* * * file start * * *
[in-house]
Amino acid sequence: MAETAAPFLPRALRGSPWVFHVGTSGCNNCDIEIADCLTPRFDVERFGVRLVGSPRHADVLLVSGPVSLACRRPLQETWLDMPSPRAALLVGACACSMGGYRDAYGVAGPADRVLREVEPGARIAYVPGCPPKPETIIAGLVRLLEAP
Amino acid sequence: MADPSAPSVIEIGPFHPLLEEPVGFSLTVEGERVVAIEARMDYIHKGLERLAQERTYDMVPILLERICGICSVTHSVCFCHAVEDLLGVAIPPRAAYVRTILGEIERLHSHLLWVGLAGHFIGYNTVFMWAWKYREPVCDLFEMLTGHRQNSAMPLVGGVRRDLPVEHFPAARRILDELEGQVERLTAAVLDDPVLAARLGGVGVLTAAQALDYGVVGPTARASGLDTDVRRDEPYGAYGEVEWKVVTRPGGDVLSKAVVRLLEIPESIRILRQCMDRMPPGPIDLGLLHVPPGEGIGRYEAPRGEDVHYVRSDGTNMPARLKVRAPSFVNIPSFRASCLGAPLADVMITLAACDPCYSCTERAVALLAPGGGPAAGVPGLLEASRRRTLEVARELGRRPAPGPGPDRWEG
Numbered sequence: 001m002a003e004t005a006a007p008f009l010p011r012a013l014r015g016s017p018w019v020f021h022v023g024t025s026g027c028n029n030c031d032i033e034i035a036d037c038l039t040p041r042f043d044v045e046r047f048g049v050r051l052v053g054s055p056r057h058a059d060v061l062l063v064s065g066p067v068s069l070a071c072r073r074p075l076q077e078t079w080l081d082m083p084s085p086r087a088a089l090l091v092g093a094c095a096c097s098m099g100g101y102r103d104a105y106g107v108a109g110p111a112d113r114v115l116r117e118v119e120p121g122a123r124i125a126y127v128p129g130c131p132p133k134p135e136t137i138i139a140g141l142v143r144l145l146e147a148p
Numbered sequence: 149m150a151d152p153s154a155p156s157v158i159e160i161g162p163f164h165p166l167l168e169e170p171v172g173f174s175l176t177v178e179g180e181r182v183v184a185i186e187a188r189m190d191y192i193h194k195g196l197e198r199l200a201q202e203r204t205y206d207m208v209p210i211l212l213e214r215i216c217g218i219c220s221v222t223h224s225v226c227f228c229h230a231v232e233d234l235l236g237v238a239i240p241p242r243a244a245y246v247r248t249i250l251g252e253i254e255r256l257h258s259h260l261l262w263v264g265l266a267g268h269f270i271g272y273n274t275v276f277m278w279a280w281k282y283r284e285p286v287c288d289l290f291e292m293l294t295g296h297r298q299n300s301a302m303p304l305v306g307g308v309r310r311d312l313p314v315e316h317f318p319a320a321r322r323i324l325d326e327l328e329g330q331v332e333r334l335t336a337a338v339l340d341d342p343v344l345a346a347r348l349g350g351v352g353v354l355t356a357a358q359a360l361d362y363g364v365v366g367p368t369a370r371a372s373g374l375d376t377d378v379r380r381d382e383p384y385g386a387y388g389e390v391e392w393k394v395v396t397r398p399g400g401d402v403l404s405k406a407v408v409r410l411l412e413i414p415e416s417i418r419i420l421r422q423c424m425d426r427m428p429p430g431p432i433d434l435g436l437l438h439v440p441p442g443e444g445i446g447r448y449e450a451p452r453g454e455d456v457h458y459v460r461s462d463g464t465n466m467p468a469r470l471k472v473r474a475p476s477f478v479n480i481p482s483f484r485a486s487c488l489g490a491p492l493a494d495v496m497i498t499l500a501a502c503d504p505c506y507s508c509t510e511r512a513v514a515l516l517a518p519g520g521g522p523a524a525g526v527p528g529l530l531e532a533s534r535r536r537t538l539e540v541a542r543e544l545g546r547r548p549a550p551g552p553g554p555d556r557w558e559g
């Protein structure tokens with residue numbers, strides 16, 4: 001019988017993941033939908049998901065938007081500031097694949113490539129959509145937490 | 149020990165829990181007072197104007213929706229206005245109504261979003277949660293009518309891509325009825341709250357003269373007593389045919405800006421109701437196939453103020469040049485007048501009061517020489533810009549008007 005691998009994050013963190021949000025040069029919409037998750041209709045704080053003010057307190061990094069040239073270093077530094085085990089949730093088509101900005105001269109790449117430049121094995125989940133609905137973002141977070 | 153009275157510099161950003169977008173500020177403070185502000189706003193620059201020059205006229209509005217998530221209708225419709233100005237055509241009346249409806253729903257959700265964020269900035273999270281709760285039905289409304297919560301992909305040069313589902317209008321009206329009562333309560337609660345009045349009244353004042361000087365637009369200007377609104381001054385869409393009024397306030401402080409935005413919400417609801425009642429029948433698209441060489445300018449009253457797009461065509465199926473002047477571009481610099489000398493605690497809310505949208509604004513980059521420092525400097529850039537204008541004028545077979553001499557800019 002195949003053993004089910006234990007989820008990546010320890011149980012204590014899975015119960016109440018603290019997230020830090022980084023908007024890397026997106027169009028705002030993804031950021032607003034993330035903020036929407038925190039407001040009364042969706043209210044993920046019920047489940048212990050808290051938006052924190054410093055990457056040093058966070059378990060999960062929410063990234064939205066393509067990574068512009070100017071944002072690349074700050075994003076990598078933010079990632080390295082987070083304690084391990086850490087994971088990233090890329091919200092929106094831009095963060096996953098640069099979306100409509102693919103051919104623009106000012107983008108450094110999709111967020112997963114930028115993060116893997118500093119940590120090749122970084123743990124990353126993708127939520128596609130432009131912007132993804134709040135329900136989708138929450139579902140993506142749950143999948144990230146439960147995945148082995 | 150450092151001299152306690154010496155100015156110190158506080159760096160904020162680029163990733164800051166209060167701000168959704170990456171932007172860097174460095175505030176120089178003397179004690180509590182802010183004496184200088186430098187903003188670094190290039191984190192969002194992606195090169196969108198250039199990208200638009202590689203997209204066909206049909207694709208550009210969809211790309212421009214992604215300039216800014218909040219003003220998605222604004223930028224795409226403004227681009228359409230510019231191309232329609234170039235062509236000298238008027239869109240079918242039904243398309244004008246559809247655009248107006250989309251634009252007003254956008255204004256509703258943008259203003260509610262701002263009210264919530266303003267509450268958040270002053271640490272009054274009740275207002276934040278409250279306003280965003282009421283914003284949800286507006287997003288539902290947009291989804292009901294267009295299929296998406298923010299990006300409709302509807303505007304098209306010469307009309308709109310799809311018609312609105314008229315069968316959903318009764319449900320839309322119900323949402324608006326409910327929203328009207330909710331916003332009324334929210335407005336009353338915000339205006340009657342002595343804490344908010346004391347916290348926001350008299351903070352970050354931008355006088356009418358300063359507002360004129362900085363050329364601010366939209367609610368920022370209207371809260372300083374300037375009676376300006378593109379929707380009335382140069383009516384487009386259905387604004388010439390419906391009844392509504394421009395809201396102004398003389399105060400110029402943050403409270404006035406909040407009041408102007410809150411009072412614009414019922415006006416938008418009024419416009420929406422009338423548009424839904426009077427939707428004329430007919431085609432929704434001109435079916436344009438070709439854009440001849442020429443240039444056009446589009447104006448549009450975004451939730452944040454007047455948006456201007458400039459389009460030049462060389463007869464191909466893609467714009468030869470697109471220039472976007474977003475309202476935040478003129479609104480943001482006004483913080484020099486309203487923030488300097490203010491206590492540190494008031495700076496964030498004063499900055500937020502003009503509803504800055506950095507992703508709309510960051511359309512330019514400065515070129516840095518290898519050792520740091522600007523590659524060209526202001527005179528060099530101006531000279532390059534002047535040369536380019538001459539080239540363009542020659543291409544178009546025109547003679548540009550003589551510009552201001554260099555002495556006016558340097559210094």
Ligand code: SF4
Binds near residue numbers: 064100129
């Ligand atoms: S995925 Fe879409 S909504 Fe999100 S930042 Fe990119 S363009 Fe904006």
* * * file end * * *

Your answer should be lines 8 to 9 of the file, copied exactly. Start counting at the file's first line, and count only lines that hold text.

Binds near residue numbers: 064100129
């Ligand atoms: S995925 Fe879409 S909504 Fe999100 S930042 Fe990119 S363009 Fe904006």